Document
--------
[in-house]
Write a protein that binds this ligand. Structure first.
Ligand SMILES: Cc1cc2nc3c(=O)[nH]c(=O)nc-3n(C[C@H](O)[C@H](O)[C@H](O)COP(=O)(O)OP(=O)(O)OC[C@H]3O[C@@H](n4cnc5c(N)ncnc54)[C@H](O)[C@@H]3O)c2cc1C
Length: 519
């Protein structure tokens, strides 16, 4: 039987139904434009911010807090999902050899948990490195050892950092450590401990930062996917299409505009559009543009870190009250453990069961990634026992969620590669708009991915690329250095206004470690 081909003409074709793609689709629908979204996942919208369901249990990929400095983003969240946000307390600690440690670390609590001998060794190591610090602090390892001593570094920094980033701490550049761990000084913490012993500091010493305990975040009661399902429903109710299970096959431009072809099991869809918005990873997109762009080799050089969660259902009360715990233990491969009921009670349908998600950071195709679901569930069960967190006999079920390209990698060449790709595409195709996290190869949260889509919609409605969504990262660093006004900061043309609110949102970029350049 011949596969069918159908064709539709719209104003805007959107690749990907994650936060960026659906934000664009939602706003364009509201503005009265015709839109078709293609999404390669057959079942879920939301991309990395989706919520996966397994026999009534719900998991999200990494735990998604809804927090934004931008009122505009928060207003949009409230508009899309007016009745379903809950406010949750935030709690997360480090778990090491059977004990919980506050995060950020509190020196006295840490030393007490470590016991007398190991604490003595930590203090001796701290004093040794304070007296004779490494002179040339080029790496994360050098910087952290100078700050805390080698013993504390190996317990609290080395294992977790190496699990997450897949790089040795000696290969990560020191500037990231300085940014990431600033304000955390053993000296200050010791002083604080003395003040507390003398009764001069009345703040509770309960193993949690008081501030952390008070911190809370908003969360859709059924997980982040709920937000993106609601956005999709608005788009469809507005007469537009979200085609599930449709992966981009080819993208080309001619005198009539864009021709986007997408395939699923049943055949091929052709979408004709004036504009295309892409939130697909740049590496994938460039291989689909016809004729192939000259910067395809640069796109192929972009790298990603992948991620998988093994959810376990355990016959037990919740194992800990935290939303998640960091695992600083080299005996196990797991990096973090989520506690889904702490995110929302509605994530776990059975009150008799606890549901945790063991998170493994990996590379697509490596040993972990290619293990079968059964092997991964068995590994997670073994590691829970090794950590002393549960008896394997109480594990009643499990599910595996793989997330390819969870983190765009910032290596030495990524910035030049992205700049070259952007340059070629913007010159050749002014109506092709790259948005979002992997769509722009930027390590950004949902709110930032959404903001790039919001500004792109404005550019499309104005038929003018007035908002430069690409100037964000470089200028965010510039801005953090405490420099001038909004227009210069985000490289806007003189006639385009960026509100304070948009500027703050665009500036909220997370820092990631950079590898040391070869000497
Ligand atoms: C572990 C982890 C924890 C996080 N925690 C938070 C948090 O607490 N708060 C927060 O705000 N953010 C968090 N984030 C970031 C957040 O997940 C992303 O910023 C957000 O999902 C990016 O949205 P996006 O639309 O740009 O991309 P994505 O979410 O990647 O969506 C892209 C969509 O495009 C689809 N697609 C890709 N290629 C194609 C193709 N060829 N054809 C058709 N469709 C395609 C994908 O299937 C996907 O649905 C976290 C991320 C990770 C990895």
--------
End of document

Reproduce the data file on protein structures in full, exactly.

[in-house]
Write a protein that binds this ligand. Structure first.
Ligand SMILES: Cc1cc2nc3c(=O)[nH]c(=O)nc-3n(C[C@H](O)[C@H](O)[C@H](O)COP(=O)(O)OP(=O)(O)OC[C@H]3O[C@@H](n4cnc5c(N)ncnc54)[C@H](O)[C@@H]3O)c2cc1C
Length: 519
């Protein structure tokens, strides 16, 4: 039987139904434009911010807090999902050899948990490195050892950092450590401990930062996917299409505009559009543009870190009250453990069961990634026992969620590669708009991915690329250095206004470690 081909003409074709793609689709629908979204996942919208369901249990990929400095983003969240946000307390600690440690670390609590001998060794190591610090602090390892001593570094920094980033701490550049761990000084913490012993500091010493305990975040009661399902429903109710299970096959431009072809099991869809918005990873997109762009080799050089969660259902009360715990233990491969009921009670349908998600950071195709679901569930069960967190006999079920390209990698060449790709595409195709996290190869949260889509919609409605969504990262660093006004900061043309609110949102970029350049 011949596969069918159908064709539709719209104003805007959107690749990907994650936060960026659906934000664009939602706003364009509201503005009265015709839109078709293609999404390669057959079942879920939301991309990395989706919520996966397994026999009534719900998991999200990494735990998604809804927090934004931008009122505009928060207003949009409230508009899309007016009745379903809950406010949750935030709690997360480090778990090491059977004990919980506050995060950020509190020196006295840490030393007490470590016991007398190991604490003595930590203090001796701290004093040794304070007296004779490494002179040339080029790496994360050098910087952290100078700050805390080698013993504390190996317990609290080395294992977790190496699990997450897949790089040795000696290969990560020191500037990231300085940014990431600033304000955390053993000296200050010791002083604080003395003040507390003398009764001069009345703040509770309960193993949690008081501030952390008070911190809370908003969360859709059924997980982040709920937000993106609601956005999709608005788009469809507005007469537009979200085609599930449709992966981009080819993208080309001619005198009539864009021709986007997408395939699923049943055949091929052709979408004709004036504009295309892409939130697909740049590496994938460039291989689909016809004729192939000259910067395809640069796109192929972009790298990603992948991620998988093994959810376990355990016959037990919740194992800990935290939303998640960091695992600083080299005996196990797991990096973090989520506690889904702490995110929302509605994530776990059975009150008799606890549901945790063991998170493994990996590379697509490596040993972990290619293990079968059964092997991964068995590994997670073994590691829970090794950590002393549960008896394997109480594990009643499990599910595996793989997330390819969870983190765009910032290596030495990524910035030049992205700049070259952007340059070629913007010159050749002014109506092709790259948005979002992997769509722009930027390590950004949902709110930032959404903001790039919001500004792109404005550019499309104005038929003018007035908002430069690409100037964000470089200028965010510039801005953090405490420099001038909004227009210069985000490289806007003189006639385009960026509100304070948009500027703050665009500036909220997370820092990631950079590898040391070869000497
Ligand atoms: C572990 C982890 C924890 C996080 N925690 C938070 C948090 O607490 N708060 C927060 O705000 N953010 C968090 N984030 C970031 C957040 O997940 C992303 O910023 C957000 O999902 C990016 O949205 P996006 O639309 O740009 O991309 P994505 O979410 O990647 O969506 C892209 C969509 O495009 C689809 N697609 C890709 N290629 C194609 C193709 N060829 N054809 C058709 N469709 C395609 C994908 O299937 C996907 O649905 C976290 C991320 C990770 C990895």